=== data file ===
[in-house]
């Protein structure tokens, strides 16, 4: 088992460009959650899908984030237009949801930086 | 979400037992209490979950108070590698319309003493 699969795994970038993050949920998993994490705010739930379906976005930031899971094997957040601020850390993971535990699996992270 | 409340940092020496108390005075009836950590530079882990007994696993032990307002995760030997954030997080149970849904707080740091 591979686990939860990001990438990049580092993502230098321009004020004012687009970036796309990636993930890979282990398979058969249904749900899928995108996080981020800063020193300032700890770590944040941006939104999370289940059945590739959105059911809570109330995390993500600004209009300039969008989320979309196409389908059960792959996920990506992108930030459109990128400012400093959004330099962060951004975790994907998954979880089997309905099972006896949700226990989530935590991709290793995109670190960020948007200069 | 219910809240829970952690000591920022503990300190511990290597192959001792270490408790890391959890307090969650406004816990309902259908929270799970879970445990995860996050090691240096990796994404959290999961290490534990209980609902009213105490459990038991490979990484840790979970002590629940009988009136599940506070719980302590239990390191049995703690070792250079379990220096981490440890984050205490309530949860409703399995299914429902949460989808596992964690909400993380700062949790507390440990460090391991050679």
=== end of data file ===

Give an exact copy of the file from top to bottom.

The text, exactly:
[in-house]
């Protein structure tokens, strides 16, 4: 088992460009959650899908984030237009949801930086 | 979400037992209490979950108070590698319309003493 699969795994970038993050949920998993994490705010739930379906976005930031899971094997957040601020850390993971535990699996992270 | 409340940092020496108390005075009836950590530079882990007994696993032990307002995760030997954030997080149970849904707080740091 591979686990939860990001990438990049580092993502230098321009004020004012687009970036796309990636993930890979282990398979058969249904749900899928995108996080981020800063020193300032700890770590944040941006939104999370289940059945590739959105059911809570109330995390993500600004209009300039969008989320979309196409389908059960792959996920990506992108930030459109990128400012400093959004330099962060951004975790994907998954979880089997309905099972006896949700226990989530935590991709290793995109670190960020948007200069 | 219910809240829970952690000591920022503990300190511990290597192959001792270490408790890391959890307090969650406004816990309902259908929270799970879970445990995860996050090691240096990796994404959290999961290490534990209980609902009213105490459990038991490979990484840790979970002590629940009988009136599940506070719980302590239990390191049995703690070792250079379990220096981490440890984050205490309530949860409703399995299914429902949460989808596992964690909400993380700062949790507390440990460090391991050679």